Does anyone remember the Canon FD series?. I've still got a Canon F1, A1 and T90 with a few really nice lenses but these can't be used on the newer Canon EOS cameras including the digital bodies. They can however be fitted to the Panasonic G1, GH1 and G2 cameras via a cheap adaptor and I've been using my 30+ year old lenses with my new G1 body and they are fantastic. If anyone is looking to get a small digital camera with the ability to change lenses then the G1 is a great piece of kit and it's now down to around £400 including the kit lens.

Here's the good bit - the old Canon FD lenses are dirt cheap on ebay right now and offer serious quality when compared to brand new lenses so I would recommend anyone to buy a couple of old FD lenses and put them onto one of these G1 cameras. A really clean 50mm standard lens can be found for around £20-£30 on ebay and this would work beautifully on the G1.

I'm going to shoot some pictures over the weekend on my old A1 with black and white film as I always find it liberating to shoot film and not rely too heavily on LCD screens and auto focus / auto everything digital cameras.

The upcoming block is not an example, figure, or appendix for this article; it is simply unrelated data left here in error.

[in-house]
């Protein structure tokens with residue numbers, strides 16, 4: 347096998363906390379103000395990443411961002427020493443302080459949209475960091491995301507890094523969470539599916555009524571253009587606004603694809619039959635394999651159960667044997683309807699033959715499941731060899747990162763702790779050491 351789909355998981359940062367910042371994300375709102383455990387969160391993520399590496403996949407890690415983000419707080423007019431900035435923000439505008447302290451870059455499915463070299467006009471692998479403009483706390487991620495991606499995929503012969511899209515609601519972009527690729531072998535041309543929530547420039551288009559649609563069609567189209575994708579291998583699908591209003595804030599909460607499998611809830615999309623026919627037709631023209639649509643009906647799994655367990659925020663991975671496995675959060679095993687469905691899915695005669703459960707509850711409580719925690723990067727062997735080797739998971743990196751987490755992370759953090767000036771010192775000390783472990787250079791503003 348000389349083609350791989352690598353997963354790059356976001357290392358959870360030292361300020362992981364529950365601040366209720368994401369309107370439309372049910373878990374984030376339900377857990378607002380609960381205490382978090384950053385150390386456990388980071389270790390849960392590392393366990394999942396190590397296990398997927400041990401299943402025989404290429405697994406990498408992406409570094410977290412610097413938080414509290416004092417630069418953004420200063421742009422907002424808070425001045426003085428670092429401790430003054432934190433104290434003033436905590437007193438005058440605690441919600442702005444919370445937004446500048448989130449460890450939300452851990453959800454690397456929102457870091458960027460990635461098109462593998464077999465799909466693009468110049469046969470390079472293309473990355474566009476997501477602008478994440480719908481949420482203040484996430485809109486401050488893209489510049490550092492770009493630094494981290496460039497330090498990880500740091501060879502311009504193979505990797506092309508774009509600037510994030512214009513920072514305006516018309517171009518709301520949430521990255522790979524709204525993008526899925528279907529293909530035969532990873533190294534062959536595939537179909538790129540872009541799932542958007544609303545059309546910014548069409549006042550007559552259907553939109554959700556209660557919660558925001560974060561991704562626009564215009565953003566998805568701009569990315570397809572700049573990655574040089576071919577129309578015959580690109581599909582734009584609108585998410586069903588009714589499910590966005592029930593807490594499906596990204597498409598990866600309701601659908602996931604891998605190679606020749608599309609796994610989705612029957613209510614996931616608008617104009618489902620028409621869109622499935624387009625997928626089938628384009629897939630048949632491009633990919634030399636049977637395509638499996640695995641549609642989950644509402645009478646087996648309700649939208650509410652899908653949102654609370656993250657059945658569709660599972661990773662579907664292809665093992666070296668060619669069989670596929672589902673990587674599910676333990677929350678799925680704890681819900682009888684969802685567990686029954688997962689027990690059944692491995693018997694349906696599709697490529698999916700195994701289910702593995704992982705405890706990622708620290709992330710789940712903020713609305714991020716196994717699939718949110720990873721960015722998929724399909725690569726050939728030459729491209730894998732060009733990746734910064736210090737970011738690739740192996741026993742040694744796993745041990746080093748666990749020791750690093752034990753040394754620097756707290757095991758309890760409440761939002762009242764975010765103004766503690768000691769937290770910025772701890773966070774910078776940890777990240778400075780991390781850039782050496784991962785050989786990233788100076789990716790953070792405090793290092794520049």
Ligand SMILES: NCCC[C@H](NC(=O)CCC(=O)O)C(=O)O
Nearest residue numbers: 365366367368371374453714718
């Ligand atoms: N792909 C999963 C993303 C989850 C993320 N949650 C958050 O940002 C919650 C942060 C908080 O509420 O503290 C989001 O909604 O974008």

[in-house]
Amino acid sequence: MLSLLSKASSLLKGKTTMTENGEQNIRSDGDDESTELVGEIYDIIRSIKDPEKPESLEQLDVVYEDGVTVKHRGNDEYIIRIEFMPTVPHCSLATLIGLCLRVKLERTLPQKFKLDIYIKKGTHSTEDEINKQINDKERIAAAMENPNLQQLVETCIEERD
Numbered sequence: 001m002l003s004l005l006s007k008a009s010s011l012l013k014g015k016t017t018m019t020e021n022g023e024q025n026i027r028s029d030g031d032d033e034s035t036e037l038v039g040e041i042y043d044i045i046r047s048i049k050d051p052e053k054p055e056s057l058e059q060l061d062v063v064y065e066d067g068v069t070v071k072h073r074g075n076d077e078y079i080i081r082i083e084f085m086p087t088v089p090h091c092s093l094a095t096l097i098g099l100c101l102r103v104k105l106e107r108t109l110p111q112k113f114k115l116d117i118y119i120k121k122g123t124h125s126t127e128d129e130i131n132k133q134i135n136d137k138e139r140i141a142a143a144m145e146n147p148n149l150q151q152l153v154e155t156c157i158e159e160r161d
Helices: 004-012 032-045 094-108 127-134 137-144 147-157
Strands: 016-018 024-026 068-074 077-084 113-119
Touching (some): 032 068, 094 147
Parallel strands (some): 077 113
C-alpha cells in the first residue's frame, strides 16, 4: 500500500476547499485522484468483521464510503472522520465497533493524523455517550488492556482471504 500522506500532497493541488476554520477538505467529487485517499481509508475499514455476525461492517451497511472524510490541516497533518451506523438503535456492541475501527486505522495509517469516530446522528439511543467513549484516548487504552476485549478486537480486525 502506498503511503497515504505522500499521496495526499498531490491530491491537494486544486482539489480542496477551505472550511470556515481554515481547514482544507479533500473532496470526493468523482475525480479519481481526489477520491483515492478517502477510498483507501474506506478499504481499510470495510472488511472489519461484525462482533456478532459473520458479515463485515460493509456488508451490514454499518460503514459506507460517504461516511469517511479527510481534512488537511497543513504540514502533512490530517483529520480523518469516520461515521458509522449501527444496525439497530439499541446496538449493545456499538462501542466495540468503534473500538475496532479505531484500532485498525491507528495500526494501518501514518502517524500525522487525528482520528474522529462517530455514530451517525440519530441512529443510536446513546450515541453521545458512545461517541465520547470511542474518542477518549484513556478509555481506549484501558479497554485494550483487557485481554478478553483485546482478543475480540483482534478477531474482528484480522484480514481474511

I've attached a picture in today's blog that I took last month at a gig in Wolverton where my nephew played drums in a band called Lower than Atlantis. I took this shot on my G1 with a lens made in 1976 (Canon FD 35mm F2) with the lens wide open at F2 and the camera ISO set at 1600. OK there is some grain but the picture is pretty sharp considering how poor the lighting was so I reckon these old Canon lenses are well worth buying while they're still cheap!.


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Tue, 10 Aug 2010 15:04:40 PDT

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Last week was back to being full on and ultra busy again which is great news and I therefore spent most of the weekend post processing pictures in an attempt to get up to date. I'm pretty much there now although I did have a small shoot near Peterborough this morning which I'll need to work through later tonight.
I had some good feedback today from one of my new clients (the guys who commissioned me to photograph the two large construction sites last week) and it's always great to hear that any client is happy - especially a new one. I've posted a picture from the Bromley By Bow site photography in today's blog.